Everyone wants power and everyone is in a constant duplicitous game to gain more power at the expense of others, according to Greene, a screenwriter and former editor at Esquire (Elffers, a book packager, designed the volume, with its attractive marginalia). We live today as courtiers once did in royal courts: we must appear civil while attempting to crush all those around us. This power game can be played well or poorly, and in these 48 laws culled from the history and wisdom of the world’s greatest power players are the rules that must be followed to win. These laws boil down to being as ruthless, selfish, manipulative, and deceitful as possible. Each law, however, gets its own chapter: “Conceal Your Intentions,” “Always Say Less Than Necessary,” “Pose as a Friend, Work as a Spy,” and so on. Each chapter is conveniently broken down into sections on what happened to those who transgressed or observed the particular law, the key elements in this law, and ways to defensively reverse this law when it’s used against you. Quotations in the margins amplify the lesson being taught. While compelling in the way an auto accident might be, the book is simply nonsense. Rules often contradict each other. We are told, for instance, to “be conspicuous at all cost,” then told to “behave like others.” More seriously, Greene never really defines “power,” and he merely asserts, rather than offers evidence for, the Hobbesian world of all against all in which he insists we live. The world may be like this at times, but often it isn’t. To ask why this is so would be a far more useful project.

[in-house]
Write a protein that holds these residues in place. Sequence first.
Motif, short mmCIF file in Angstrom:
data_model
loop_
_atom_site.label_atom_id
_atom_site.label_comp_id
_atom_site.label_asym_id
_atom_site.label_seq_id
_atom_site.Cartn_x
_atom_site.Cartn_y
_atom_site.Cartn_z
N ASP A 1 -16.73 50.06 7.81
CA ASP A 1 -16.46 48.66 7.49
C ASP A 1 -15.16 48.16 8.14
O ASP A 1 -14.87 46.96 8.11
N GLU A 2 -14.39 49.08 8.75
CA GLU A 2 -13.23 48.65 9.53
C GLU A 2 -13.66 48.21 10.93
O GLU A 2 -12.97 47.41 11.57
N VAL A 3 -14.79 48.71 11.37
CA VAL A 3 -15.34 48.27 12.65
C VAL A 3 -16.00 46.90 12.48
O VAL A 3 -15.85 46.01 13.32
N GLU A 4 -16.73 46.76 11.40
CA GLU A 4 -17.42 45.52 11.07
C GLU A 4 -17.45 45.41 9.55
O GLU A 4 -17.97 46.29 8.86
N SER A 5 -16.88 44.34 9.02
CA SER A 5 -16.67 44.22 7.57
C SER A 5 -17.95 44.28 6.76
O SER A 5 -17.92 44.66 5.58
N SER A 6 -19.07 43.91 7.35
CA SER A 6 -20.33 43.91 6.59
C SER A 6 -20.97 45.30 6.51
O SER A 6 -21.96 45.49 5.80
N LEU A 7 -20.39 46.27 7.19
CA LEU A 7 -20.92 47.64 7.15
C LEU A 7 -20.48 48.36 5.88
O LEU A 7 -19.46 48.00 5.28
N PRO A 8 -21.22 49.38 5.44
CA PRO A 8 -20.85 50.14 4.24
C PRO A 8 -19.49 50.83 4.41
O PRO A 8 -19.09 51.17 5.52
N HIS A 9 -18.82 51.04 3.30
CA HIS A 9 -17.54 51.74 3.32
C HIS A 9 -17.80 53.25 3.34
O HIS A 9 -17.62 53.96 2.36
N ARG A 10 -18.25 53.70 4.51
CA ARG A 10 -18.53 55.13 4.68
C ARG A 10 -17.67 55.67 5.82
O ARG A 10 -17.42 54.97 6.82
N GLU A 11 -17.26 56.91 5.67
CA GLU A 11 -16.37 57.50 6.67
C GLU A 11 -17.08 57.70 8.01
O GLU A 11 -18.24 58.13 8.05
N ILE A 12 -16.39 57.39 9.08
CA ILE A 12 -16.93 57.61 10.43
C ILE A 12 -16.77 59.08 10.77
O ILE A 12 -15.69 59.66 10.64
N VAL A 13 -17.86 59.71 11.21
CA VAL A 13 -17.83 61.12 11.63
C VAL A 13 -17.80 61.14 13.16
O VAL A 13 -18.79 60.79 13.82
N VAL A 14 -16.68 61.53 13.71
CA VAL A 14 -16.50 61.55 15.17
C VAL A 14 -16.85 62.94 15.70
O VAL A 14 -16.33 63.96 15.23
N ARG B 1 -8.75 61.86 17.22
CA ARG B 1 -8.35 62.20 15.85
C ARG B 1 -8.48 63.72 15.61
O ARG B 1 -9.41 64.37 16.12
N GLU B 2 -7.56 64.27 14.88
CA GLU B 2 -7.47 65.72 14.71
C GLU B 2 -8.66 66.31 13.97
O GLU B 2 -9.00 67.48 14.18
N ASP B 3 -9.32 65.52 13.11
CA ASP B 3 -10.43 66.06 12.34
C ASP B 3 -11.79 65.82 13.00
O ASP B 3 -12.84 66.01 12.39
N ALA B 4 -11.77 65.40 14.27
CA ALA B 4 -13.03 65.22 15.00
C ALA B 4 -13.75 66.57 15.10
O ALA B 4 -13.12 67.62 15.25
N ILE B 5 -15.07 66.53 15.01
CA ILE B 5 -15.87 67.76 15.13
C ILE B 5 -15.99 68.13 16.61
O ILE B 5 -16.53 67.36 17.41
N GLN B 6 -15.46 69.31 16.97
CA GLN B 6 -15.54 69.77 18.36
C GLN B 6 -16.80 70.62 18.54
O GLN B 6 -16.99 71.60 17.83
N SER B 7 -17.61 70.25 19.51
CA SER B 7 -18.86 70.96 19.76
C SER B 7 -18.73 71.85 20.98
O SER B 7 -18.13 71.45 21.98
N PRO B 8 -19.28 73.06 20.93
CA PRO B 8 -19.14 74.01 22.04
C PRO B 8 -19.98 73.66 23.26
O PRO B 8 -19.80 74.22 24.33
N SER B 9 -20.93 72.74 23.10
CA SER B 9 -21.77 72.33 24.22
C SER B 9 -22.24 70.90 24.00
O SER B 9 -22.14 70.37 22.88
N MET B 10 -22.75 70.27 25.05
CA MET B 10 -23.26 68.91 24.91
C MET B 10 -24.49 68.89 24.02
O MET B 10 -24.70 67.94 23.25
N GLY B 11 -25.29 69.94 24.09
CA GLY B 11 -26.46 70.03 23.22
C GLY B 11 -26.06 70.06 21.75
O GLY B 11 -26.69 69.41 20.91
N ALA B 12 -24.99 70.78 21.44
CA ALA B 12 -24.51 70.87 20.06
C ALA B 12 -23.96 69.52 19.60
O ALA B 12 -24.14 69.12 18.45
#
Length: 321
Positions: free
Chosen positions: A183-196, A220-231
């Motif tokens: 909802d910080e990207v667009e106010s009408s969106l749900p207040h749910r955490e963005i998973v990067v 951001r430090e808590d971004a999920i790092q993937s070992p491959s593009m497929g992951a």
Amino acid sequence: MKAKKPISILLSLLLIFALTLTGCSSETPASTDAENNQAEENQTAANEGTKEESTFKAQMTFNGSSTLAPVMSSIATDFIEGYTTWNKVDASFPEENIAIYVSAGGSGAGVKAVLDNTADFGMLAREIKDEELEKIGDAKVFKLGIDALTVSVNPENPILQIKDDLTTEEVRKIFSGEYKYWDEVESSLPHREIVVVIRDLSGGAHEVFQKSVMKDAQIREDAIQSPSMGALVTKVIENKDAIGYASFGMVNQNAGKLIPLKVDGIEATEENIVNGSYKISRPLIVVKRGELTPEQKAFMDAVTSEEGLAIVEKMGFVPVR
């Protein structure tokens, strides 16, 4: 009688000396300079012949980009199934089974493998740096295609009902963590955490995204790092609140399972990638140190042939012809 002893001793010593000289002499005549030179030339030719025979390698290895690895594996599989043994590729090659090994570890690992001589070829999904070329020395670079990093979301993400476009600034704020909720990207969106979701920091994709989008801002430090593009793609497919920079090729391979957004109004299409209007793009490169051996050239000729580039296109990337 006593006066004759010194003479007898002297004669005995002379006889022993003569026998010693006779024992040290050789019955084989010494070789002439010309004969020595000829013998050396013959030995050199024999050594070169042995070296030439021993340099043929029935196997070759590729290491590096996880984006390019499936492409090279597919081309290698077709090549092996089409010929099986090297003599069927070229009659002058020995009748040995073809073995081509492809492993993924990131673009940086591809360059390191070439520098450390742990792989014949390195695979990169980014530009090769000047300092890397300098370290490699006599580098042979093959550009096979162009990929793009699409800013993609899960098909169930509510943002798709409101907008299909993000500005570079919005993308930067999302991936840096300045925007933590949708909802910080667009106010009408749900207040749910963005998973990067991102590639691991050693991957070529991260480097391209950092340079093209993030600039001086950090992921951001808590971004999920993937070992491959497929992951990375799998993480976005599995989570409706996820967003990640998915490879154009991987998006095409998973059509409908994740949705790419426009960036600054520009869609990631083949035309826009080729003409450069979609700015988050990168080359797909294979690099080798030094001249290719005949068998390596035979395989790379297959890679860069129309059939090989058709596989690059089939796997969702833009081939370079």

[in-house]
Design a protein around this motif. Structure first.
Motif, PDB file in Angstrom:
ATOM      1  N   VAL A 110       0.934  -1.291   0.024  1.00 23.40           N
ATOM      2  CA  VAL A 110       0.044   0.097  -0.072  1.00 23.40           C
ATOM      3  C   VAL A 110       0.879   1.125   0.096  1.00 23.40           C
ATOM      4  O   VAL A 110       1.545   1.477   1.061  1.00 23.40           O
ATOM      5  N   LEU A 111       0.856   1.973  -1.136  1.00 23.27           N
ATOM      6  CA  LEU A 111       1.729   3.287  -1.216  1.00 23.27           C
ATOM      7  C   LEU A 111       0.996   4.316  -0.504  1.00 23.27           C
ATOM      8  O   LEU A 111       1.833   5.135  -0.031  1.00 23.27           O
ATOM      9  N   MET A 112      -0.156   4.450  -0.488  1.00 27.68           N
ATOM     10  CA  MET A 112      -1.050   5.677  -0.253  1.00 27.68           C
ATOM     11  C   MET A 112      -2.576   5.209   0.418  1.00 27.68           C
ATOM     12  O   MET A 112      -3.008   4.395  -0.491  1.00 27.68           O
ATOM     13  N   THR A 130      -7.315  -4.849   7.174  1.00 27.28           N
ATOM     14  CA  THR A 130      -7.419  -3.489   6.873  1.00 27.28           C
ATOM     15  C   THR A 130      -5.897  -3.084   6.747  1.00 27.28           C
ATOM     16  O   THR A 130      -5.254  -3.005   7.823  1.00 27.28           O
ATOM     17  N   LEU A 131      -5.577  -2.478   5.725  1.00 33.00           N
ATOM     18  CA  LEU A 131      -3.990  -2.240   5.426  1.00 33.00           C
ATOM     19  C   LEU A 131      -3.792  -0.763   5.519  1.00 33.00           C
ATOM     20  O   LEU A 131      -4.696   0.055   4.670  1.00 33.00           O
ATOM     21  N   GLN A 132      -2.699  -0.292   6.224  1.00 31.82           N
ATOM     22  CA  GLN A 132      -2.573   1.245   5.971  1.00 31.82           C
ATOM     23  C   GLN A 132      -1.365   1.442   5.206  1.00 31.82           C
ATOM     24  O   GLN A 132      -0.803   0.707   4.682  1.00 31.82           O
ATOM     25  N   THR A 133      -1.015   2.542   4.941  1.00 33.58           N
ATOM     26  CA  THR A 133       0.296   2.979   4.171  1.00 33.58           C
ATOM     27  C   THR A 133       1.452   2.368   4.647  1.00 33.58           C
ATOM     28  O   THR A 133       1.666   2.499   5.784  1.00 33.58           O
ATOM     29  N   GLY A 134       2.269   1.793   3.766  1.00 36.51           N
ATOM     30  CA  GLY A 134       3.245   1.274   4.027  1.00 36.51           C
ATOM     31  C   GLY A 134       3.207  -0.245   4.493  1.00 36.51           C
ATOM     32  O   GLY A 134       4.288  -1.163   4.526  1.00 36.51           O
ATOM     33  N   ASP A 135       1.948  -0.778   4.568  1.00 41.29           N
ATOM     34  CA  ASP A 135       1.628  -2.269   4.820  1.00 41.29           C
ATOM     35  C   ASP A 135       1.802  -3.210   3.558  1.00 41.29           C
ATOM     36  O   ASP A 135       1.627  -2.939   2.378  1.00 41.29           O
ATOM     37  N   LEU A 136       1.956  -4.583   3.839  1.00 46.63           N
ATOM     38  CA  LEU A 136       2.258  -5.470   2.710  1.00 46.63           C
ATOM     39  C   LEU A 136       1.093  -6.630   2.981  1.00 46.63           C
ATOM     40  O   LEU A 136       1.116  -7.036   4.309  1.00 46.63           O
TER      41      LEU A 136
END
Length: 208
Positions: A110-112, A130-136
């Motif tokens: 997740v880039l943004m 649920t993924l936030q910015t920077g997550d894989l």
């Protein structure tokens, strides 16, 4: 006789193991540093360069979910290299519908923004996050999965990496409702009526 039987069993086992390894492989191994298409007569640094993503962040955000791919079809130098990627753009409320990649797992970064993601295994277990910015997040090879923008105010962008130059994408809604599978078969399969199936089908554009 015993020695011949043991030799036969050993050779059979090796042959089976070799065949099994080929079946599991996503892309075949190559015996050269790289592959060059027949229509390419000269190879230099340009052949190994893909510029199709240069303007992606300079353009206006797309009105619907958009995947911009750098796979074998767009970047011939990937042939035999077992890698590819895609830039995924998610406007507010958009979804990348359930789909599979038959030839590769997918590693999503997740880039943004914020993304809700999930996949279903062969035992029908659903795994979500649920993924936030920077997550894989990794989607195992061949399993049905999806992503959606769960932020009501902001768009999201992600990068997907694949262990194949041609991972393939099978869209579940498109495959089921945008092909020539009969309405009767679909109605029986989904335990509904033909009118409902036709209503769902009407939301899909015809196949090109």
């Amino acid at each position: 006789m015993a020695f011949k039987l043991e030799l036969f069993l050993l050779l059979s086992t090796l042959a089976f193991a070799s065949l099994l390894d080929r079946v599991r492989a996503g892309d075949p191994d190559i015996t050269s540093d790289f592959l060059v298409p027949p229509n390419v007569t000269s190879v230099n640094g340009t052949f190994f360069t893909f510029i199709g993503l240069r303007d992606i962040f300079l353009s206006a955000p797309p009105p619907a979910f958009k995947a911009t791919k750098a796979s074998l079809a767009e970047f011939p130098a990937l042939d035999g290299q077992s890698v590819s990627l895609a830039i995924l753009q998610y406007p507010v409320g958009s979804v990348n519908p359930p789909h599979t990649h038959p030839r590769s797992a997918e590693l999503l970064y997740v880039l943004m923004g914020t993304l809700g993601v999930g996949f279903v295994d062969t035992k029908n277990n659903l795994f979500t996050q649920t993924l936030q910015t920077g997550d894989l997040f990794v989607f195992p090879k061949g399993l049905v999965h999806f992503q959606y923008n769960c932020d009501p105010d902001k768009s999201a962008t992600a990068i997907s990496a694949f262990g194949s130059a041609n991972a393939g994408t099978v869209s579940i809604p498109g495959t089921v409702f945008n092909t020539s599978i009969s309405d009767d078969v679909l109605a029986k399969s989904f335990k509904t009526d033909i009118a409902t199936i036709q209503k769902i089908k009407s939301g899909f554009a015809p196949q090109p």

If the authors are serious, this is a silly, distasteful book. If they are not, it’s a brilliant satire.

Pub Date: Sept. 1, 1998

ISBN: 0-670-88146-5

Page Count: 430

Publisher: Viking

Review Posted Online: May 20, 2010

Kirkus Reviews Issue: July 15, 1998

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The author's youthfulness helps to assure the inevitable comparison with the Anne Frank diary although over and above the...

NIGHT

Elie Wiesel spent his early years in a small Transylvanian town as one of four children. 

He was the only one of the family to survive what Francois Maurois, in his introduction, calls the "human holocaust" of the persecution of the Jews, which began with the restrictions, the singularization of the yellow star, the enclosure within the ghetto, and went on to the mass deportations to the ovens of Auschwitz and Buchenwald. There are unforgettable and horrifying scenes here in this spare and sombre memoir of this experience of the hanging of a child, of his first farewell with his father who leaves him an inheritance of a knife and a spoon, and of his last goodbye at Buchenwald his father's corpse is already cold let alone the long months of survival under unconscionable conditions. 

The author's youthfulness helps to assure the inevitable comparison with the Anne Frank diary although over and above the sphere of suffering shared, and in this case extended to the death march itself, there is no spiritual or emotional legacy here to offset any reader reluctance.

Pub Date: Jan. 16, 2006

ISBN: 0374500010

Page Count: 120

Publisher: Hill & Wang

Review Posted Online: Oct. 7, 2011

Kirkus Reviews Issue: Jan. 15, 2006